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Bob Ewegen was raised on a farm in northeastern Colorado’s Phillips County that has been in his family since 1887. The serious dust storms that struck the area in the 1950s help spark his interest in protecting the fragile environment of the high plains region.
Bob has received more than 30 writing awards in a 45-year career in journalism that began on the University of Colorado student newspaper, The Colorado Daily. While pursuing his B.S. in journalism from CU, Bob also worked with the Westminster Journal and Public Service Co. of Colorado in its public relations department. When he was editor-in-chief of the Daily in 1966-67, it was ranked as one of the top five student newspapers in the U.S.
In 1967, Bob went to work for United Press International in Denver. A year later, he enlisted in the U.S. Army and, after basic training, was assigned to the information office at the U.S. Military Academy at West Point, New York. He later edited the post newspaper, The Pointer View. After his release from the Army in 1970, Bob returned to UPI in Denver and began pursuing an M.S. degree in economics and labor relations from CU. In July, 1970, he joined The Denver Post as a reporter. He finished his M.S. in 1972. His courses in environmental economics convinced him that often the supposed trade-offs between environmental values and economic benefits are often based on false assumptions. Indeed, many insults to the environment, such as development of the Tongass wilderness in Alaska, only occur because government artificially subsidizes development in areas that both wise economics and environmental stewardship argue should be left alone.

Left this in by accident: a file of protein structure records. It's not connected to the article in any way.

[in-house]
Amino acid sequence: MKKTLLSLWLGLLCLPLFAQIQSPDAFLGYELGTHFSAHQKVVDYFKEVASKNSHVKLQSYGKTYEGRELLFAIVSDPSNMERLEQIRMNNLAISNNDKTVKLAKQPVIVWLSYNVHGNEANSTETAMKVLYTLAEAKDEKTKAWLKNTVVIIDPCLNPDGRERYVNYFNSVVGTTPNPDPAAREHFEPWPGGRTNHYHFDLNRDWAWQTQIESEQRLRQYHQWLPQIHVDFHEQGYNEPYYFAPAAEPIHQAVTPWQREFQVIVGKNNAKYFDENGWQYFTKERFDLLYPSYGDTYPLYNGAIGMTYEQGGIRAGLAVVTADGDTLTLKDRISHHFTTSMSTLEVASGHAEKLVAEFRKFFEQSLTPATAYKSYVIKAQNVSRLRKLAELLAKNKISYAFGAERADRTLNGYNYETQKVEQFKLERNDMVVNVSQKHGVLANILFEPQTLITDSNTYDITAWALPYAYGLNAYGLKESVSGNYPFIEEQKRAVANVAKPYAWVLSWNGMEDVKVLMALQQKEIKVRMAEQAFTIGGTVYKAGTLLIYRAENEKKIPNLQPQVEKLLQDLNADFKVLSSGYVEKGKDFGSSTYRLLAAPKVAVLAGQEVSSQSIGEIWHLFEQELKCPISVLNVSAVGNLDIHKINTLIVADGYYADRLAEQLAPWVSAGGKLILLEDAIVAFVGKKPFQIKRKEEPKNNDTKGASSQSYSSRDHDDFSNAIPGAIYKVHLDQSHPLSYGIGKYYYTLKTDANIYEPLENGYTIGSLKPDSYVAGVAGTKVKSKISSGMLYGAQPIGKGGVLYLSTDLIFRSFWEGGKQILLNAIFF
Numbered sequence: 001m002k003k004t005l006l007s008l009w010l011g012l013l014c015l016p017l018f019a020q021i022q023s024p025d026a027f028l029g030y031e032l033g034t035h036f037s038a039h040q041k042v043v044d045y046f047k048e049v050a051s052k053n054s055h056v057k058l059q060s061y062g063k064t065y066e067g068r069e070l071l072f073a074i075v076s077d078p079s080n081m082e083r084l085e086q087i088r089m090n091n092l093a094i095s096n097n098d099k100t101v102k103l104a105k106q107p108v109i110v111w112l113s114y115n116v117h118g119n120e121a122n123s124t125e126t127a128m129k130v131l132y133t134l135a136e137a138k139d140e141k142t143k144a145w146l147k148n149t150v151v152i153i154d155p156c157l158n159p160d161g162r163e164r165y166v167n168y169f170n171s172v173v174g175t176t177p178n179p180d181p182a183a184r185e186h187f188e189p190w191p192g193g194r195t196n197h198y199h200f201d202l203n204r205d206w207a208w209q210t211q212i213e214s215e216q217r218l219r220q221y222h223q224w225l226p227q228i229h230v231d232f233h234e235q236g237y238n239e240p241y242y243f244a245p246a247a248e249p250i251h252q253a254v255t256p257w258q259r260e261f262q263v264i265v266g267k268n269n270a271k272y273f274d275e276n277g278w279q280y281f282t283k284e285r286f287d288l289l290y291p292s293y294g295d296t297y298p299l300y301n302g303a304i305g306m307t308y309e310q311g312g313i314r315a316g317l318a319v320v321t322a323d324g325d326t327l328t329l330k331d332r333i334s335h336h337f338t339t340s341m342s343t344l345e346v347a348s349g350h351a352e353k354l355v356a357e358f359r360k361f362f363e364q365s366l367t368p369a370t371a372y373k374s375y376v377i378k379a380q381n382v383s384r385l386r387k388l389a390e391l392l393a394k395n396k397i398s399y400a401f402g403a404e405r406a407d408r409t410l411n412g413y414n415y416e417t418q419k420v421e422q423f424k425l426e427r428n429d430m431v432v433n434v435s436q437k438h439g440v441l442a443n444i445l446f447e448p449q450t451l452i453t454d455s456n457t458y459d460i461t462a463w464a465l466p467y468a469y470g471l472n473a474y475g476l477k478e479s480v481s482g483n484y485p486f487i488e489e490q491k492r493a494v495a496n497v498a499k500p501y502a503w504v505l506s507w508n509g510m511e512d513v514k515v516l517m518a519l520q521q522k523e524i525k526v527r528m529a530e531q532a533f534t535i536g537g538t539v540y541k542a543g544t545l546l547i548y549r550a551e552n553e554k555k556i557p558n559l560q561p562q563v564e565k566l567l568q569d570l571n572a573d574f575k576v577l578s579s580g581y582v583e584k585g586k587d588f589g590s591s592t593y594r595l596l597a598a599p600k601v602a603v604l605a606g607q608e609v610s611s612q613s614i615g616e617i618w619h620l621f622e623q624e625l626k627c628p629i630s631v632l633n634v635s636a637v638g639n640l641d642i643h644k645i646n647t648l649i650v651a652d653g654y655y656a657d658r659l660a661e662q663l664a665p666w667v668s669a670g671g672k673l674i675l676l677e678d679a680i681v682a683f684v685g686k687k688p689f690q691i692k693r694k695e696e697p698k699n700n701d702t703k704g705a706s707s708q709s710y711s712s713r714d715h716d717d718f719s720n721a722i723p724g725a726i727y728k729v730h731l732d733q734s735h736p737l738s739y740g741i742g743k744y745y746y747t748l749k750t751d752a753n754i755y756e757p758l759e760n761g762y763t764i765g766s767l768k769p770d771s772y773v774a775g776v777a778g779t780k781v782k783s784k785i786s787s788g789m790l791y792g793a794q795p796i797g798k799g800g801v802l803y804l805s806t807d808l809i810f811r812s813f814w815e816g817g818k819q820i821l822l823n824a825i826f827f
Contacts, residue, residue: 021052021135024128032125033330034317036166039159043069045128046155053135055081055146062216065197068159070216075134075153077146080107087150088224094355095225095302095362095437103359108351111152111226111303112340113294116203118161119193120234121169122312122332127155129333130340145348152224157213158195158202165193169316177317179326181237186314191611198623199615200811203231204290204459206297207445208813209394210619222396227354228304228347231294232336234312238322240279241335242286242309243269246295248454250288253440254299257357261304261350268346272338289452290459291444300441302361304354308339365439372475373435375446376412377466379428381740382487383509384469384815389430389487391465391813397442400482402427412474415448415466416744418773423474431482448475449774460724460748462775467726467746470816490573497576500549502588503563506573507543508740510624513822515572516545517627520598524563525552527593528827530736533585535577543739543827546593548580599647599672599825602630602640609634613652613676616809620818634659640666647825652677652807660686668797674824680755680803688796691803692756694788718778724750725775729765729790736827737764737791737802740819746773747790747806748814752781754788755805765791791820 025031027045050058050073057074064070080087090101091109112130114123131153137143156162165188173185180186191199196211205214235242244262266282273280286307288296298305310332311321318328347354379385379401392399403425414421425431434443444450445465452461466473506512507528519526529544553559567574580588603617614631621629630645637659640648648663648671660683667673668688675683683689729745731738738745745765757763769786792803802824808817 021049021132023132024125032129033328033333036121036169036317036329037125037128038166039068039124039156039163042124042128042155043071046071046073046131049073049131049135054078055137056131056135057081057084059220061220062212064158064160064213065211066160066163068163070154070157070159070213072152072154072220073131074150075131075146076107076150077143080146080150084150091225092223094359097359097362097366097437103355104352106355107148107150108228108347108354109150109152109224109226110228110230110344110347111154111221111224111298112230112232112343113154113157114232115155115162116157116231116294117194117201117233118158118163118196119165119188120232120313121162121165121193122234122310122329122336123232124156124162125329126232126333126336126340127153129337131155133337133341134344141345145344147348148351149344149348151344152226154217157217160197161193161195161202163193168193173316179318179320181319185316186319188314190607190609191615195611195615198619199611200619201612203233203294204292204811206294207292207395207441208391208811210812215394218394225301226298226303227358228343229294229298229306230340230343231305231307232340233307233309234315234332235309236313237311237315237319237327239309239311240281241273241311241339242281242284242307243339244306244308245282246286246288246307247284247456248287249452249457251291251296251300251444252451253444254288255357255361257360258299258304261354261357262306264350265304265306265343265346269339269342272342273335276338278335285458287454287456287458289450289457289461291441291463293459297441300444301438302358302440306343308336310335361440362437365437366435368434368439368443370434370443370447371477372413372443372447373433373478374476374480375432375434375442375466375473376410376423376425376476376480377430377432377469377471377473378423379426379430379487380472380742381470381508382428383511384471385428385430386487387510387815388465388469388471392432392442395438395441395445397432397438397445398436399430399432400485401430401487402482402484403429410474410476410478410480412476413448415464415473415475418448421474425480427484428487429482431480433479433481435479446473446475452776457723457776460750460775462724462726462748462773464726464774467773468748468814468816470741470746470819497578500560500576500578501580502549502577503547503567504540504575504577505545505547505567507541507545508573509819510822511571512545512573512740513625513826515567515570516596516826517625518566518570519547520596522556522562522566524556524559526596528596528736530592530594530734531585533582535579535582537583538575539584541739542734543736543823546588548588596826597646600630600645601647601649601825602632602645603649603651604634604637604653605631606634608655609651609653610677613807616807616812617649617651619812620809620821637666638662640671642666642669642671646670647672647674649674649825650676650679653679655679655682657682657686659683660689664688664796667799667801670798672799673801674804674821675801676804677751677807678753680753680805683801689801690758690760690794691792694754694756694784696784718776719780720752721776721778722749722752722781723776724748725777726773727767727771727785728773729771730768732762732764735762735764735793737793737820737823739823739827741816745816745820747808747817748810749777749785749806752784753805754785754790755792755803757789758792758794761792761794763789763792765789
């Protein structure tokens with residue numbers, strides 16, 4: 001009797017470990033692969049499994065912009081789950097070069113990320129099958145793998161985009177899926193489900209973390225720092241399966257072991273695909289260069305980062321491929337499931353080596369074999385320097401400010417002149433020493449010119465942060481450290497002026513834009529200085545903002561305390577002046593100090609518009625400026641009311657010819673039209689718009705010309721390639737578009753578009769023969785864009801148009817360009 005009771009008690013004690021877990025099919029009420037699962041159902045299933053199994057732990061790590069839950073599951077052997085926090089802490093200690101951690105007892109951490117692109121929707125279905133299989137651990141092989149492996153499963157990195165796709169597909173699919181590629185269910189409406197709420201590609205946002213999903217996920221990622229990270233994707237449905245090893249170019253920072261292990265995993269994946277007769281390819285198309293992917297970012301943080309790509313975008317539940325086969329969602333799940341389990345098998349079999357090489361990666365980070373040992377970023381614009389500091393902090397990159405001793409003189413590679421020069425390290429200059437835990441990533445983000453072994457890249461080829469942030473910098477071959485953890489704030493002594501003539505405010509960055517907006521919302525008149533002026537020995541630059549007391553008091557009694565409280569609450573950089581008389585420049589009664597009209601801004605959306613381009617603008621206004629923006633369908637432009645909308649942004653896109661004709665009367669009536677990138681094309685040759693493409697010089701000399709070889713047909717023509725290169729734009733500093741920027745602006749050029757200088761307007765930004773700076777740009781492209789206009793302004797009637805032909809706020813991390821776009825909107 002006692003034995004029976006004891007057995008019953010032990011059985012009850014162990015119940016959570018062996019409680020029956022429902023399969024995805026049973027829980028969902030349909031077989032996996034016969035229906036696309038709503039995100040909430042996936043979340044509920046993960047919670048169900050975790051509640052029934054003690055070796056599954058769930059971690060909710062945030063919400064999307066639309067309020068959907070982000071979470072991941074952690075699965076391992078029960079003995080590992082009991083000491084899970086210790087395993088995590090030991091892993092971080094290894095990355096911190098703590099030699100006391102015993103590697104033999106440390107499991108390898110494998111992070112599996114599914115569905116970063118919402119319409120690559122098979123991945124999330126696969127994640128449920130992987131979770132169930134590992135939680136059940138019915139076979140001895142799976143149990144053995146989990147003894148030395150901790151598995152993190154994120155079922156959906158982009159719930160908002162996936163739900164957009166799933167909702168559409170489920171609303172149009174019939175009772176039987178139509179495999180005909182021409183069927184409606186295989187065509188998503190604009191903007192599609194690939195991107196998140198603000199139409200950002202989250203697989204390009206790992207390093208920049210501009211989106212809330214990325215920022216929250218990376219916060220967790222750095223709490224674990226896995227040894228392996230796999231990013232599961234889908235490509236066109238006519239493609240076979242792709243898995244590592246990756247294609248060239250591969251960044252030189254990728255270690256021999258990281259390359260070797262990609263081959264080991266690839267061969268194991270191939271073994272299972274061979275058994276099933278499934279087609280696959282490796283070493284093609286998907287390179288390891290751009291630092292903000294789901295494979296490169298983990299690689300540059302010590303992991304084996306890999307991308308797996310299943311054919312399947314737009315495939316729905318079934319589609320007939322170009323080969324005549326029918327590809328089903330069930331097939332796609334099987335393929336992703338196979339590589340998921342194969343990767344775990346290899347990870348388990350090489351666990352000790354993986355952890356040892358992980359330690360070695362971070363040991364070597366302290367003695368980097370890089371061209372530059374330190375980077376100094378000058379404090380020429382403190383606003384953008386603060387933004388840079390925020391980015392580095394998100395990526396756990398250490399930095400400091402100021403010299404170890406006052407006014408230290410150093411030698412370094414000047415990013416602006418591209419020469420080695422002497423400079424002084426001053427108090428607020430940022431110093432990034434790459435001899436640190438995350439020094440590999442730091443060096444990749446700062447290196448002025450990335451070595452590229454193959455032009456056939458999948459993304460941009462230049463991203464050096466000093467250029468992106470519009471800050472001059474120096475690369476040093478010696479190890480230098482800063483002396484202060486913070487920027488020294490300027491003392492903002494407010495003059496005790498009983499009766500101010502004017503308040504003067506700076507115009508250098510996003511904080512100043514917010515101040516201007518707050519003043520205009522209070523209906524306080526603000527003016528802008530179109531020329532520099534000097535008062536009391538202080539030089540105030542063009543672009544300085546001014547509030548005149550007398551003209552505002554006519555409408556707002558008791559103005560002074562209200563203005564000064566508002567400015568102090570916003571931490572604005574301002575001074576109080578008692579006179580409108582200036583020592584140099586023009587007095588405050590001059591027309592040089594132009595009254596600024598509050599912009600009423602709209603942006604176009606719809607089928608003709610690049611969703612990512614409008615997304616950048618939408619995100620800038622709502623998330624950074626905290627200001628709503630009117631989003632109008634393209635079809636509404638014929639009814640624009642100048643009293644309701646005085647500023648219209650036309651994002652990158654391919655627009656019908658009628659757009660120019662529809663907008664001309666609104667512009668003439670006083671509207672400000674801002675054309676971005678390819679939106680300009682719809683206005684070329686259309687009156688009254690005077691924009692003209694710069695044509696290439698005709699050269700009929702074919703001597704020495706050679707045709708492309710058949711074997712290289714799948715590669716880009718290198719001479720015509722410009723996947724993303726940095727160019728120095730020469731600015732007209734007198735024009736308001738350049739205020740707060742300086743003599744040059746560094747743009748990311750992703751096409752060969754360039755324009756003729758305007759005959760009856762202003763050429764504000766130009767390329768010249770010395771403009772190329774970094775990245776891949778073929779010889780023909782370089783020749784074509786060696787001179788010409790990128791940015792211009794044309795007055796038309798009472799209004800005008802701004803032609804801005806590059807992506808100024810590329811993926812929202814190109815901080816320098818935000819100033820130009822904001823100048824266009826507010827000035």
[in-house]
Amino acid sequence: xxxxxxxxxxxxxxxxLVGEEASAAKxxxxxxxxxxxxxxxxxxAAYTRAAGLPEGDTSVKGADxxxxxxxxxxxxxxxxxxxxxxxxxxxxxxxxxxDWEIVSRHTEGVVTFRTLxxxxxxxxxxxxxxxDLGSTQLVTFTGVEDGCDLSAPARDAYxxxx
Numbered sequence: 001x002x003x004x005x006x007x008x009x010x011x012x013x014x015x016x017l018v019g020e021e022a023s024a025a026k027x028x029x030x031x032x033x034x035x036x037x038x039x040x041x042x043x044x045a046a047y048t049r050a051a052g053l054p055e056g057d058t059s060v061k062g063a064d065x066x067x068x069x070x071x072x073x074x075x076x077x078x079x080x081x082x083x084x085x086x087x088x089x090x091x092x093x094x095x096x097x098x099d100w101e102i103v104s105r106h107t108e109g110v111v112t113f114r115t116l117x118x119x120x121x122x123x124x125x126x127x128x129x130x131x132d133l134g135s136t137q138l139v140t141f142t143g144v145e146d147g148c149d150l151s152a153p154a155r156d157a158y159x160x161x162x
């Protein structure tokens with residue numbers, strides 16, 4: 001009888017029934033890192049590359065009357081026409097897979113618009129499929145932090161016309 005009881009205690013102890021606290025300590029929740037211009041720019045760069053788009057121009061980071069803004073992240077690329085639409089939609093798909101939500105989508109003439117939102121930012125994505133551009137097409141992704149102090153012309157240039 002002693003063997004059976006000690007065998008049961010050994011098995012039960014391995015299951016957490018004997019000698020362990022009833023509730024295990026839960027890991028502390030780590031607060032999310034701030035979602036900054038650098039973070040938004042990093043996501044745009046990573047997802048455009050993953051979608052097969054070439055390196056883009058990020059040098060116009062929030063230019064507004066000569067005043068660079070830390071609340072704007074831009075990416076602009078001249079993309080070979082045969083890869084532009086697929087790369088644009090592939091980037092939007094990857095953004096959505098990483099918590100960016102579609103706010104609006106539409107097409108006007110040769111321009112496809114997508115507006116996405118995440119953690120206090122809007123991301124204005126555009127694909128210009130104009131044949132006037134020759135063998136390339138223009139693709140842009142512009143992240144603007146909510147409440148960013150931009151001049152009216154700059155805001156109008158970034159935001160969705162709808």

Bob spent more than 36 years at The Post, 31 of which were spent on the editorial page as an editorial writer, columnist and deputy editor. He was recognized as one of the paper’s top authorities on state taxes and budgets as well as complicated natural resource issues including water, oil shale, and environmental issues.
After retiring from The Post in November, 2008, Bob decided he was still too young to, as he put it, “become one of these bitter old men who sit around writing letters complaining about their property taxes.” Realizing that he had spent 45 years primarily researching and writing on public policy issues, he decided to pursue a long-standing interest in law by earning his paralegal certificate from the Community College of Denver — with a 4.0 average — and joining in his daughter’s law practice.Bob lives in Denver’s Capitol Hill area with his wife, novelist and Super-Mom Yvonne Montgomery, two Dachshunds, Maguffin and Riley; and two cats, Shadow and Oreo. His attorney daughter, Misty, is one of the partners of Ellis Wright & Ewegen, and his son, Shane, was recently reward his Ph.D.in Philosophy at Boston College and now teaches philosophy at Stonehill College in Easton Massachusetts.